Cost Overruns in Large Infrastructure Projects – An Overview of International and Croatian Experiences

SECOND EDITION                                                            

Goran Legaca, Mladen Radujkovićb, Marko Šimacc

aPM Proffesional, Banjavčićeva 1, 10000 Zagreb, Croatia

bPh.D., Kačićeva 26, 10000 Zagreb, Croatia

cPM Consultant, Tratinska 1, 10000 Zagreb, Croatia


Large infrastructure projects, privately or public funded, have always been under public review in order to determine the cause of the costs overruns or failure to achieve the intended projects benefits. Once when the project implementation is finished, it is often revealed that the costs of the project exceeded the planned budget. However, with all these large traffic infrastructure projects complications arise involving the aforementioned anticipated costs exceeding the initial predictions and shortfalls in project benefits.  The latest researches, except for usual technical risk analysis, go in the direction of the nature of the behavioral defects in project planning. This paper gives an overview of recent international experiences and researches in this field compare to latest Croatian experience with an implementation of the national traffic strategy.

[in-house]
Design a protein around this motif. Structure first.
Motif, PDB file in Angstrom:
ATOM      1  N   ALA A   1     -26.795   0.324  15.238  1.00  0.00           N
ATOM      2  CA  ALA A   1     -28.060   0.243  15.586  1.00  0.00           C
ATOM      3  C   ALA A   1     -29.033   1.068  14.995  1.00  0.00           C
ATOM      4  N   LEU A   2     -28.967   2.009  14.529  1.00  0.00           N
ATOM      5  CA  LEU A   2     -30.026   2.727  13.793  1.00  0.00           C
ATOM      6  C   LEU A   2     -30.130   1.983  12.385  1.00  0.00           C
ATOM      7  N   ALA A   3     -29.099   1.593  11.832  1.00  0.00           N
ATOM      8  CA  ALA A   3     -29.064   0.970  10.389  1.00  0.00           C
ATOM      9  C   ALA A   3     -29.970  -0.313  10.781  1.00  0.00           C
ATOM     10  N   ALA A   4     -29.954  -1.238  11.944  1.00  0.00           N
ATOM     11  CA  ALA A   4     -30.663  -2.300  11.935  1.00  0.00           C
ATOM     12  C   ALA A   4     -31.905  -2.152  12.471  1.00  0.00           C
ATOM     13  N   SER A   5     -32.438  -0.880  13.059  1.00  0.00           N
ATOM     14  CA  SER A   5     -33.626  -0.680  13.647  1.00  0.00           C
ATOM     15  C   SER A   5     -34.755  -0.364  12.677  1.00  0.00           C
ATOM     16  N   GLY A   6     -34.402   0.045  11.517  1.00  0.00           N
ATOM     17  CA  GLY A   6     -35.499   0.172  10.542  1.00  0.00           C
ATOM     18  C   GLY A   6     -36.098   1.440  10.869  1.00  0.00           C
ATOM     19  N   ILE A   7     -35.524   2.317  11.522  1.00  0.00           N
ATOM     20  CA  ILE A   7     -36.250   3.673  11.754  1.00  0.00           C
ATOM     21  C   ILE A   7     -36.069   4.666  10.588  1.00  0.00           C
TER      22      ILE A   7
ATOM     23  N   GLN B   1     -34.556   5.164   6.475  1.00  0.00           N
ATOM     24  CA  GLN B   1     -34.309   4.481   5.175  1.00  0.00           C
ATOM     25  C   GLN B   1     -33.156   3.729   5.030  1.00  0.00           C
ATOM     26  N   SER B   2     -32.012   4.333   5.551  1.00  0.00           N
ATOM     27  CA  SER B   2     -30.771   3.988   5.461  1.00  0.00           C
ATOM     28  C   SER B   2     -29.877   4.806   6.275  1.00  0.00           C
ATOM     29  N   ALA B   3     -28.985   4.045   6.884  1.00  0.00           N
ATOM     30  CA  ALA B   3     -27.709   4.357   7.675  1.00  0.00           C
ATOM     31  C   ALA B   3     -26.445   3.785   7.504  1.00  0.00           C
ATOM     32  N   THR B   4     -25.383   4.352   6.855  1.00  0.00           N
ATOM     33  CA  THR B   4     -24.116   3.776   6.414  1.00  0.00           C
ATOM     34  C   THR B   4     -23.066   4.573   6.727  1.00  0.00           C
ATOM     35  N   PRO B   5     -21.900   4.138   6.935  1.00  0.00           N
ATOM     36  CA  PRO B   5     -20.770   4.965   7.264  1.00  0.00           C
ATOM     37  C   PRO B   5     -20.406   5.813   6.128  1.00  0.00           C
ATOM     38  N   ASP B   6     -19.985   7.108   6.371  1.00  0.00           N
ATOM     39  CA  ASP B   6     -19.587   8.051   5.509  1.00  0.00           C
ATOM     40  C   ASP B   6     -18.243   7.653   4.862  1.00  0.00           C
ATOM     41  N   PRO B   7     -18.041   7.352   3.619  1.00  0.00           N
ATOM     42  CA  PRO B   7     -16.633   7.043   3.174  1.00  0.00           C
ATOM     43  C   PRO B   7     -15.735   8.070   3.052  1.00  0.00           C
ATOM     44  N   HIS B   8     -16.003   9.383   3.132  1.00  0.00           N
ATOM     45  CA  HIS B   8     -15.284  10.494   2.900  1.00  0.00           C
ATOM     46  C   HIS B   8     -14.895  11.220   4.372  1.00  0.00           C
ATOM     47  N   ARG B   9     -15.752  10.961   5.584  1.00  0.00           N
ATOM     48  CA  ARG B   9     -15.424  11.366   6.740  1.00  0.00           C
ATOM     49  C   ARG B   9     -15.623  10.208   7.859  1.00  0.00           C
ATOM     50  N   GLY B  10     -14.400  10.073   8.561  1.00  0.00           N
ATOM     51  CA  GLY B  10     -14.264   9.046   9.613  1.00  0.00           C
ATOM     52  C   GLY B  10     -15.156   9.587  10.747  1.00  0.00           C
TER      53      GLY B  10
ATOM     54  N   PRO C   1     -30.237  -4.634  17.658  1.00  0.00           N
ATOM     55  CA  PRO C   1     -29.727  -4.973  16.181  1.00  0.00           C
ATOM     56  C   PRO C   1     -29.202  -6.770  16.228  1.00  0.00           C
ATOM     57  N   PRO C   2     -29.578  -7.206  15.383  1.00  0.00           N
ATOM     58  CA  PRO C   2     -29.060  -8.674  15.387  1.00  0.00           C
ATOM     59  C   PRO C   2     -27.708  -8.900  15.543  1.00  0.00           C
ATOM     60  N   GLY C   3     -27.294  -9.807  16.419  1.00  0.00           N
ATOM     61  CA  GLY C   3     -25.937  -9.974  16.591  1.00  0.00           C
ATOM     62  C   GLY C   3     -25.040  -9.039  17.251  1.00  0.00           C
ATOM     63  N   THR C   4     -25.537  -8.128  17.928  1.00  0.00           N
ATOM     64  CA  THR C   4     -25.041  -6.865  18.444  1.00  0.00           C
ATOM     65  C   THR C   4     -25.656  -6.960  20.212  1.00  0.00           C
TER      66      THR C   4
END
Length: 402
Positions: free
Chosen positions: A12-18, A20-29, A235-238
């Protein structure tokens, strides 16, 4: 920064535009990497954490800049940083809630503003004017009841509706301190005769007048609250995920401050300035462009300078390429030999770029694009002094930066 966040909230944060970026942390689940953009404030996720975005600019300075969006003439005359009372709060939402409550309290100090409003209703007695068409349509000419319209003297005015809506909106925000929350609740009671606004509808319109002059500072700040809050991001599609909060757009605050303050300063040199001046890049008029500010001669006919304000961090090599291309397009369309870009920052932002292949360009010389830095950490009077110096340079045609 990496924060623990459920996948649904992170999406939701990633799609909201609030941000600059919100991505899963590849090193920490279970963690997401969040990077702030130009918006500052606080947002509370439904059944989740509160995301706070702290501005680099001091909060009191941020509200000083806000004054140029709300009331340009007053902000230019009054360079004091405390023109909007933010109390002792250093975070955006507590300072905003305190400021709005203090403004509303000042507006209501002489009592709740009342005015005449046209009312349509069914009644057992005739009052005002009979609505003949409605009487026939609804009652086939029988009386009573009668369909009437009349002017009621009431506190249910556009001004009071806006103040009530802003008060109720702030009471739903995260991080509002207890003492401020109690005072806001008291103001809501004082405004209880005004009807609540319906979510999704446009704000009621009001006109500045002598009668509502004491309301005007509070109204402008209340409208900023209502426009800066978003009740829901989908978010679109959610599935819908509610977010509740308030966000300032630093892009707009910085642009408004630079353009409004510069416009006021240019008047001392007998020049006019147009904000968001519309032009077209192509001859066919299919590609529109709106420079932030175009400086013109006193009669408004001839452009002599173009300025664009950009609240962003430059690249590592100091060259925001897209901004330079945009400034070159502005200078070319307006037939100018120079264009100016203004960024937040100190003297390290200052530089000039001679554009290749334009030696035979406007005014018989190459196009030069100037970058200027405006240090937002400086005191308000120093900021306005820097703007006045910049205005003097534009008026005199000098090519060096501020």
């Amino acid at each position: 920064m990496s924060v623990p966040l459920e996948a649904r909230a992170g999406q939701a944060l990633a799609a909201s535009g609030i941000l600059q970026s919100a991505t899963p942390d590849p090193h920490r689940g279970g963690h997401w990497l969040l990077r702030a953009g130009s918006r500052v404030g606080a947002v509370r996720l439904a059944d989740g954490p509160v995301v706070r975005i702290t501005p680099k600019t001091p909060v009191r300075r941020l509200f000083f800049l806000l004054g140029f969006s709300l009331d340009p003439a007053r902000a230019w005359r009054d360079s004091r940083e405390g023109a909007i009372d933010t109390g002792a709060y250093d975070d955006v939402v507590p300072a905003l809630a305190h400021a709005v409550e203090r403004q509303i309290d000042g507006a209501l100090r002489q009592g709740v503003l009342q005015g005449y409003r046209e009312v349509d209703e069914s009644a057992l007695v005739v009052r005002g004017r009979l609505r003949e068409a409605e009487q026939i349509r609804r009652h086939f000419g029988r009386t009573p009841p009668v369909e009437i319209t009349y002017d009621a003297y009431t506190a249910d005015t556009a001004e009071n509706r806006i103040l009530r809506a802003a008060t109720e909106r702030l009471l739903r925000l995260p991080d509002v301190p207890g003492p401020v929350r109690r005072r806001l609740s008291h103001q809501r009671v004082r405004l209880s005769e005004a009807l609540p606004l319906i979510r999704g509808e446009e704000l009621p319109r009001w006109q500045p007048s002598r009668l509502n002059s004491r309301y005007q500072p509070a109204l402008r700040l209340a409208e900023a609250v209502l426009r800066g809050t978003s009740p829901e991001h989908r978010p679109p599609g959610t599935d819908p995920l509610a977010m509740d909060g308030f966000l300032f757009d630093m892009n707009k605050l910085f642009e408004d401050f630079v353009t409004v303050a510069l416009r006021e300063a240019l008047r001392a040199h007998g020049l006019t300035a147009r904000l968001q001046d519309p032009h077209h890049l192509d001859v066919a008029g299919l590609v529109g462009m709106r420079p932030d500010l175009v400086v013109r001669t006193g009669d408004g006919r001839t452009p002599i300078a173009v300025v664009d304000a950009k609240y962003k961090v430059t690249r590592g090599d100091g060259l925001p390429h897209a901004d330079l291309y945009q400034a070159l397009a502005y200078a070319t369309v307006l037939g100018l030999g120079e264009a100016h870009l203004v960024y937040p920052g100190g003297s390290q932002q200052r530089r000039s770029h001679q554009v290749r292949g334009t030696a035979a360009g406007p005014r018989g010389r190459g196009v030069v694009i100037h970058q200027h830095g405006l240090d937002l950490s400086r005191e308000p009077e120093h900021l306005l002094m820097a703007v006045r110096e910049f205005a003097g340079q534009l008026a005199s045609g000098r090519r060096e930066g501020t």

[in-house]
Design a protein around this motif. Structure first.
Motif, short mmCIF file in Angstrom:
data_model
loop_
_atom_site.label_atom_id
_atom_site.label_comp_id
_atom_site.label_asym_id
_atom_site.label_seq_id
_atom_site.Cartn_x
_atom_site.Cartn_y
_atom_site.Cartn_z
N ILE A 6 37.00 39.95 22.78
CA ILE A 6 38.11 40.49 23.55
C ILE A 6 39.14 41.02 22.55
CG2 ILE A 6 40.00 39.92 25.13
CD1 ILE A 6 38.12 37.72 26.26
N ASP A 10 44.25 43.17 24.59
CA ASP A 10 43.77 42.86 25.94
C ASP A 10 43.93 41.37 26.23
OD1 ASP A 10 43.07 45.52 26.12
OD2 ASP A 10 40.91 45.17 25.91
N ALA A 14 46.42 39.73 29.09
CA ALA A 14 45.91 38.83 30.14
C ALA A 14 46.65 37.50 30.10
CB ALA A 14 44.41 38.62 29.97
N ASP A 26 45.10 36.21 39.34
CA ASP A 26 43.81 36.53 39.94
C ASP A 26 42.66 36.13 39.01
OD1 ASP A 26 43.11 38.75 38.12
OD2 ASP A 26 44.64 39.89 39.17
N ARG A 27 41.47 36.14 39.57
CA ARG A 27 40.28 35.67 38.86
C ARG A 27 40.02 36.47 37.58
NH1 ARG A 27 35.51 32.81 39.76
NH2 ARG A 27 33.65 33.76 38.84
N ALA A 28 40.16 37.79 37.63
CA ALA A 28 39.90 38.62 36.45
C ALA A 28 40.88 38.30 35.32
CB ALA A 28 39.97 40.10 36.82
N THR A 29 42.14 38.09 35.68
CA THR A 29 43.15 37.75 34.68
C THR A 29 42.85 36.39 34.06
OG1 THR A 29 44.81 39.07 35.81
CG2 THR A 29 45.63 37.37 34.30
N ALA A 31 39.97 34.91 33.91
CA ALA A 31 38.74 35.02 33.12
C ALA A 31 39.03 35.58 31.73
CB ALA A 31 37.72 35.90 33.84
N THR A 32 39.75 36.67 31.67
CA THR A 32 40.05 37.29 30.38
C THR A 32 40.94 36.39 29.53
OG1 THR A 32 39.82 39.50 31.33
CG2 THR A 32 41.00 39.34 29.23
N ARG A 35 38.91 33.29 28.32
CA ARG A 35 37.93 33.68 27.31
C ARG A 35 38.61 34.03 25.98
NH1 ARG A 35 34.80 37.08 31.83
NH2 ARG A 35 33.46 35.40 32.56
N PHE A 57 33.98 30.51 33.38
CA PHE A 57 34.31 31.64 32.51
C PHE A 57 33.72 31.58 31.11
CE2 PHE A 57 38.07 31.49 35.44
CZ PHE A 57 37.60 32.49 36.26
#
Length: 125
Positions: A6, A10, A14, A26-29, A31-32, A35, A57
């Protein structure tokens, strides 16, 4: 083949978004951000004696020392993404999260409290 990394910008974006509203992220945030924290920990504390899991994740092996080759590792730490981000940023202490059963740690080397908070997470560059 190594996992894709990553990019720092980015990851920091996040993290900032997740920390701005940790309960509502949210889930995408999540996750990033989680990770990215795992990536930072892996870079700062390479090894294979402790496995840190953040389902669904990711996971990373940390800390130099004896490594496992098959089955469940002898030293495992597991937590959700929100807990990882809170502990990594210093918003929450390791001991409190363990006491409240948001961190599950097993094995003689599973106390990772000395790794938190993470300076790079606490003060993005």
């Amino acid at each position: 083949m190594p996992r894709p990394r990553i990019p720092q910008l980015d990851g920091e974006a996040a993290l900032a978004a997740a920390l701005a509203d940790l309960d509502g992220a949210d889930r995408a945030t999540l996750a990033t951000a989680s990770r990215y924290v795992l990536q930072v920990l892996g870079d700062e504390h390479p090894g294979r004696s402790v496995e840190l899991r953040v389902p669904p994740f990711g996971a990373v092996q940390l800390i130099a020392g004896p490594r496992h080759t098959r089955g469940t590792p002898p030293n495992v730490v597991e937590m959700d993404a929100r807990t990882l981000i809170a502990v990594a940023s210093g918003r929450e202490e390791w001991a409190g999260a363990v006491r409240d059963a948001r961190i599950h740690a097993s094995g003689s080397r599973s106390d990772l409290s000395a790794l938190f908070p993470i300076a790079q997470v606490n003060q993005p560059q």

Keywords: large infrastructure project; cost overrun; time delay; optimism bias

1. Introduction

Construction projects, both funded privately or public, have always been under public criticism and professional review in order to determine the cause of the costs overruns or failure to achieve the intended project benefits. The history of large transport infrastructure project reveals that it is common that costs are underestimated in the early phases, and after commissioning it was revealed that the cost of the project exceeded the planned budget.

Let us remind to some of Europe’s major construction projects from the recent history: the project of building the 50 kilometers long tunnel link between France and Britain beneath the English Channel, 17 km long suspension bridge “Vasco da Gama” in Lisbon, 57 km long Gotthard railway tunnel in the Swiss Alps, submerged tunnels in Denmark or the vast investments of German government in road connections after the unification. In practice, many large scale projects bordering megalomaniac like competition to build the tallest buildings in the world where the buildings heights already exceeds 800 meters, construction of stadiums for big sporting events and the Olympics. In terms of the Olympic motto, in construction is a long time ago not important only to take a part. To build faster, higher and more, is the essence how to obey the need of the world economy for constant growth.